Do It Yourself, High Efficiency Speakers
No survey of high efficiency speakers would be complete without at least a nod to the world of DIY (“do it yourself,” for the uninitiated) speaker building.
The DIY crowd tends to be a pretty passionate bunch. There are entire online forums devoted just to this pursuit and they are rife with builders comparing drivers, crossovers and cabinet plans. (For example, there’s this forum sponsored by Parts Express and this one by Madisound.)
Why would otherwise sane, practical people build their own speakers rather than buy them already made?
- They find it fun and personally satisfying.
- They enjoy the process of experimentation and discovery.
- They want something that they can’t find in the ready-built marketplace.
- They want to save money.
This last point bears some closer attention. One kind of bragging rights on the DIY speaker forums seems to take the form of, “I could build something as good as a Wilson Alexandria for $273 in parts.” (Or words to that effect.) I’ve seen posts on speaker building forums centering around “tear downs” of brand name speakers in which the posters tsk-tsk over the total cost of parts compared to the retail asking price. This seems (for some) to be part of the sport.
There are two factors that have caused me to shy away from trying to build my own speakers. First, home-brew speakers (unless based upon a popular design, and even then…) tend to have very low resale value. Unlike brand name models, which you can sell (albeit at a loss) on the online market in order to recoup some of your investment, home made speakers seem to fetch pennies on the dollar on the used market.
Additionally, in order to truly build a speaker from scratch, you are moving beyond the skills required to build an amp like the ANK Kit 1 as documented on this blog. In particular, you have to consider the special equipment, tools and skills required to build speaker cabinets, pushing you far beyond the soldering iron and screwdriver into the realm of sandpaper, veneer, saws, clamps and glue.
Of course, you don’t have to be quite that hardcore when it comes to the meaning of “from scratch.” Various Internet businesses offer support and resources to those determined to take a whack at home built speaker projects. These resources range from cabinet plans, to “flat pack” cabinets supplying precut sheets of cabinet material, all the way to entirely finished cabinets complete with fancy veneers. So the prospective speaker builder can decide how deep down the DIY rabbit hole she or he wishes to descend.
DIY Speaker Building Resources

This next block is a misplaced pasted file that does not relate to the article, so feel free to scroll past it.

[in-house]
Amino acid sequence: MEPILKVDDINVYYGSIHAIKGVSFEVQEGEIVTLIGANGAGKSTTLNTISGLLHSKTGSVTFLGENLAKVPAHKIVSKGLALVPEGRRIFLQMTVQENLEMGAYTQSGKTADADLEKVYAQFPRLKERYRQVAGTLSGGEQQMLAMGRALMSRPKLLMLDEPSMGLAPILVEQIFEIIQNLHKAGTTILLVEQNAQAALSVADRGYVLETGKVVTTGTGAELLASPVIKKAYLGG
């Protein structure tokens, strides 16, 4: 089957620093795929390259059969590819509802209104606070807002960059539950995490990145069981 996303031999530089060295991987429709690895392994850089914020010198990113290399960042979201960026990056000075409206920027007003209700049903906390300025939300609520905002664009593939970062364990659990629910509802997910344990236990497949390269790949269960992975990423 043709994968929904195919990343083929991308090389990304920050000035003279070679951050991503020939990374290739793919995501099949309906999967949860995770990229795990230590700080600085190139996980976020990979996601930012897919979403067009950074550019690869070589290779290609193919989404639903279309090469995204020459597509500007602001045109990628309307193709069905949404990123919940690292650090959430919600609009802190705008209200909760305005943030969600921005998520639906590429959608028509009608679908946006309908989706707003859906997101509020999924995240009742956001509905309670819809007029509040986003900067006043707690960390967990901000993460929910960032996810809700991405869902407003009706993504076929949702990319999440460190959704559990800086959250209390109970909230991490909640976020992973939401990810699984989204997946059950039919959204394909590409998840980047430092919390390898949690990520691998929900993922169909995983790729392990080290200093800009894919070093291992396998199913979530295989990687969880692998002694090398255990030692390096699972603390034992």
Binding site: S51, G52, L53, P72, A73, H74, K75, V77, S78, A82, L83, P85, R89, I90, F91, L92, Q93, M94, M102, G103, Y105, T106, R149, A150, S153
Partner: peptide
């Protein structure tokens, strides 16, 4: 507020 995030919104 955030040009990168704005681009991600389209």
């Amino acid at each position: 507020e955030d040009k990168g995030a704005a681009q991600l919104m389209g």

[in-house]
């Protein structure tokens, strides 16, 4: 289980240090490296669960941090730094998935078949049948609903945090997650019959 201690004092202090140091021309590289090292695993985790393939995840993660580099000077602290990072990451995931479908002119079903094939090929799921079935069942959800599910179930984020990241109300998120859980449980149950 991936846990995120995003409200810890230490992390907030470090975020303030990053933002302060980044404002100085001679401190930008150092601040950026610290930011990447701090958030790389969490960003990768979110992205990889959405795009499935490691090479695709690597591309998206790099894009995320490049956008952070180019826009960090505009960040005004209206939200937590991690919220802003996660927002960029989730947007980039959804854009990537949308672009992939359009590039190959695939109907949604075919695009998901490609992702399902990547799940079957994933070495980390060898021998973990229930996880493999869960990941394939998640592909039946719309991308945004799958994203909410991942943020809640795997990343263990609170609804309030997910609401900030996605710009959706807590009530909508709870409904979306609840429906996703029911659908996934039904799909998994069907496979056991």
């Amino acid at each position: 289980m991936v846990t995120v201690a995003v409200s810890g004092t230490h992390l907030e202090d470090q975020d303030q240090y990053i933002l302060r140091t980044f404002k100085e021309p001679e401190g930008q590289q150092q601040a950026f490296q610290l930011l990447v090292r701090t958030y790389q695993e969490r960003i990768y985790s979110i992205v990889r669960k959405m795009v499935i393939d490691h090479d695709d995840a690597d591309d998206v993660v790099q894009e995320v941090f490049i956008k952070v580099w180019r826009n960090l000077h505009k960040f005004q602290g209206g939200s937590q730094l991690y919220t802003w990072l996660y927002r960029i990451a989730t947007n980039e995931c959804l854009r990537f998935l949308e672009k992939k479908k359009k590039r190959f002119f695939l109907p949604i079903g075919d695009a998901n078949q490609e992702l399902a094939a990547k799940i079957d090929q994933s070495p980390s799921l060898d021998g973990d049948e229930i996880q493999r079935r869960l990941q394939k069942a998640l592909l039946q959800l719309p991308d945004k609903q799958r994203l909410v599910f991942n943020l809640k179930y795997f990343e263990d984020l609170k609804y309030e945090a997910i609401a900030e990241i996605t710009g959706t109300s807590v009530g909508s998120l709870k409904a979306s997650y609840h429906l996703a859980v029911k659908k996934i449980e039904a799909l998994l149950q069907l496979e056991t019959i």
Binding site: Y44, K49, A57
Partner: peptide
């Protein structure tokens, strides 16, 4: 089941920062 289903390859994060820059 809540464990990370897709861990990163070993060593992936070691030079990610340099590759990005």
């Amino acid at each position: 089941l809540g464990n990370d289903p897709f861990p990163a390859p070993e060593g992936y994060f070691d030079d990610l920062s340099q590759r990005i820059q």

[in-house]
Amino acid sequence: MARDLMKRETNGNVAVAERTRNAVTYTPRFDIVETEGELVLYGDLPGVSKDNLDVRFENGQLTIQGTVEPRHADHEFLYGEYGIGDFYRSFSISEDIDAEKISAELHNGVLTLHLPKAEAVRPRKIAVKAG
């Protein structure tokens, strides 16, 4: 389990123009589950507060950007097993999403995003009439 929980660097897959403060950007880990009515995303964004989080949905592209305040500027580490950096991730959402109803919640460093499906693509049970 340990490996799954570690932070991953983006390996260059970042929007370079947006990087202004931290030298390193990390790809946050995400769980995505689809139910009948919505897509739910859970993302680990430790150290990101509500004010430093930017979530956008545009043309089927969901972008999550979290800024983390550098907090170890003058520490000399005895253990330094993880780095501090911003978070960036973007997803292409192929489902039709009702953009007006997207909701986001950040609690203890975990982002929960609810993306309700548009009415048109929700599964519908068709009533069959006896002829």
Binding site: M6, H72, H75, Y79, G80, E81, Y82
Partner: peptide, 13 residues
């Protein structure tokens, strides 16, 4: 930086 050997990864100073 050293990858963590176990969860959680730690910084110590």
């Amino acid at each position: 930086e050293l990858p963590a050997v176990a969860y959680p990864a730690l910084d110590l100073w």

Parts Express is one of the larger resources for do it yourself speaker builders. They stock a large range of crossover components, drivers, cabinets and complete speaker kits. I didn’t see a lot here that would mate well with a low power tube amp, but perhaps I didn’t look in the right place.
In contrast, Madisound is an Internet firm that caters specifically to speaker builders, stocking a very wide range of parts and kits, including drivers, cabinets and crossover parts. They also have an entire section devoted to high-efficiency, single driver kit designs.
Another source for kits, some of which seem suitable for SET applications, is DIY Sound Group. Prices here are quite reasonable.
Pi Speakers offers a number of different, high efficiency designs for the DIY’er.
GR Research is the home of products by well respected designer Danny Richie. There doesn’t seem to be a whole lot here that’s SET friendly but the site is still well worth exploring for the information and variety of designs it offers.
There are plenty of other sources for speaker DIY projects, but I’ll close this survey by mentioning Commonsense Audio, maker and distributer of Audio Nirvana full range drivers. David Dicks is the owner of Commonsense Audio; we spoke on the phone when I first began my search for high-efficiency speakers. (He also sells this 300 B SET integrated amp for only $1550 delivered in the USA, which, especially at that price, I’d love to review one day.) Commonsense sells a huge (even bewildering) range of drivers. All come with free speaker cabinet plans.
This concludes our survey of SET-friendly speakers! I hope you’ve enjoyed it and that you’ll leave a comment if you spot any omissions or corrections, or if you just want to let me know you’re following along. 😉
Special Review Feature Coming!
Check back soon for our first Steve’s Audio Blog review: The Fritz Speakers Carbon 7 SE monitor.